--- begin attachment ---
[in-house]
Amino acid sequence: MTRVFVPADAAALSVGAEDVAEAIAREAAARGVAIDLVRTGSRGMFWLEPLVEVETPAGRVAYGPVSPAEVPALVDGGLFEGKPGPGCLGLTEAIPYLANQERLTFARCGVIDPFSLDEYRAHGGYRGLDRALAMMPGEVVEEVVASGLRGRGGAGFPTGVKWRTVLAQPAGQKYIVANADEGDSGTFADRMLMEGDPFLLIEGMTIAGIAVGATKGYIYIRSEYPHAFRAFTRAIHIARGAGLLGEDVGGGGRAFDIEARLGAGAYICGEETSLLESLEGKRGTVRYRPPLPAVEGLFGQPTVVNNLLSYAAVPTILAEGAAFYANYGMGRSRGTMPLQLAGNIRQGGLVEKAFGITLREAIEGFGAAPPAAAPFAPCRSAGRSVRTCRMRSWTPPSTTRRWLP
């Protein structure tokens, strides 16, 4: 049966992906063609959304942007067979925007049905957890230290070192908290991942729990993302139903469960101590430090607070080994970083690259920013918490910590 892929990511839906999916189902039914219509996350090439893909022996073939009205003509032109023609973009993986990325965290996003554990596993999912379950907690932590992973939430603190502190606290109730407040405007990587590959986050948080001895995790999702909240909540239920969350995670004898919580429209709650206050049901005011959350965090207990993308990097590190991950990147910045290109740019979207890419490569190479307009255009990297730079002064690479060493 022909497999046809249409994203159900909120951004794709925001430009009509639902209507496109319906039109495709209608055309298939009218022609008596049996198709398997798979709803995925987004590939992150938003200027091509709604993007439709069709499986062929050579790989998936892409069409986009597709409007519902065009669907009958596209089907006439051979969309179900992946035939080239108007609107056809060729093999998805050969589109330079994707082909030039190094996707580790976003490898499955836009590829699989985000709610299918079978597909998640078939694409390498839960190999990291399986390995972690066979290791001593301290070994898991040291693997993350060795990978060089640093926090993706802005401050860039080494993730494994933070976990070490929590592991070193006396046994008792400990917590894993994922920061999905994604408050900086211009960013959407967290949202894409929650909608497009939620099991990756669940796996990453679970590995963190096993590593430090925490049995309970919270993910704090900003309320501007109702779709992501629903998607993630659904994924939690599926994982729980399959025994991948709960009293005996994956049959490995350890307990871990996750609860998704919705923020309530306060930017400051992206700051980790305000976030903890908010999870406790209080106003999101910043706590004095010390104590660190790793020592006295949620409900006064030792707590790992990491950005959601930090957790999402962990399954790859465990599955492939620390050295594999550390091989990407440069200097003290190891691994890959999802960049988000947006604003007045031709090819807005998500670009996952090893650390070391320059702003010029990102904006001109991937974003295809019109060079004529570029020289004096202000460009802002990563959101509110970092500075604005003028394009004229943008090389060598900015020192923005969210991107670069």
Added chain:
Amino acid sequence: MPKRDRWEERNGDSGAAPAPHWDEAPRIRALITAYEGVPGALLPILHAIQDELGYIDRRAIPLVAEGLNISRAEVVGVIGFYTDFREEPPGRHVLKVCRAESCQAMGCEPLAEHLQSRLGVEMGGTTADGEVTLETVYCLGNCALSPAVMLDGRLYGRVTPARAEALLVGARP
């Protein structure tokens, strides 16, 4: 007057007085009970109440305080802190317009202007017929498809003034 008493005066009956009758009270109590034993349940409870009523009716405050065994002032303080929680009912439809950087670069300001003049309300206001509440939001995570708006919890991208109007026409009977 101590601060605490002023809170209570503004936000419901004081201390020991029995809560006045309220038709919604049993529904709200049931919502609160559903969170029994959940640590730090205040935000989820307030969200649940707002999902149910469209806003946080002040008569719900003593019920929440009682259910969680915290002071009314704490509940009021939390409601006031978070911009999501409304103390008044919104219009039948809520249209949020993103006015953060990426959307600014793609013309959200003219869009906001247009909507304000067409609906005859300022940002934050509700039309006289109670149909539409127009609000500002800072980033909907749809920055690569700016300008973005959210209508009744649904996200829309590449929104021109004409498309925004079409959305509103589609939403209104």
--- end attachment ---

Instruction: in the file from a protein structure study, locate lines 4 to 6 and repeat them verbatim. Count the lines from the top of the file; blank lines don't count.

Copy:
Added chain:
Amino acid sequence: MPKRDRWEERNGDSGAAPAPHWDEAPRIRALITAYEGVPGALLPILHAIQDELGYIDRRAIPLVAEGLNISRAEVVGVIGFYTDFREEPPGRHVLKVCRAESCQAMGCEPLAEHLQSRLGVEMGGTTADGEVTLETVYCLGNCALSPAVMLDGRLYGRVTPARAEALLVGARP
């Protein structure tokens, strides 16, 4: 007057007085009970109440305080802190317009202007017929498809003034 008493005066009956009758009270109590034993349940409870009523009716405050065994002032303080929680009912439809950087670069300001003049309300206001509440939001995570708006919890991208109007026409009977 101590601060605490002023809170209570503004936000419901004081201390020991029995809560006045309220038709919604049993529904709200049931919502609160559903969170029994959940640590730090205040935000989820307030969200649940707002999902149910469209806003946080002040008569719900003593019920929440009682259910969680915290002071009314704490509940009021939390409601006031978070911009999501409304103390008044919104219009039948809520249209949020993103006015953060990426959307600014793609013309959200003219869009906001247009909507304000067409609906005859300022940002934050509700039309006289109670149909539409127009609000500002800072980033909907749809920055690569700016300008973005959210209508009744649904996200829309590449929104021109004409498309925004079409959305509103589609939403209104």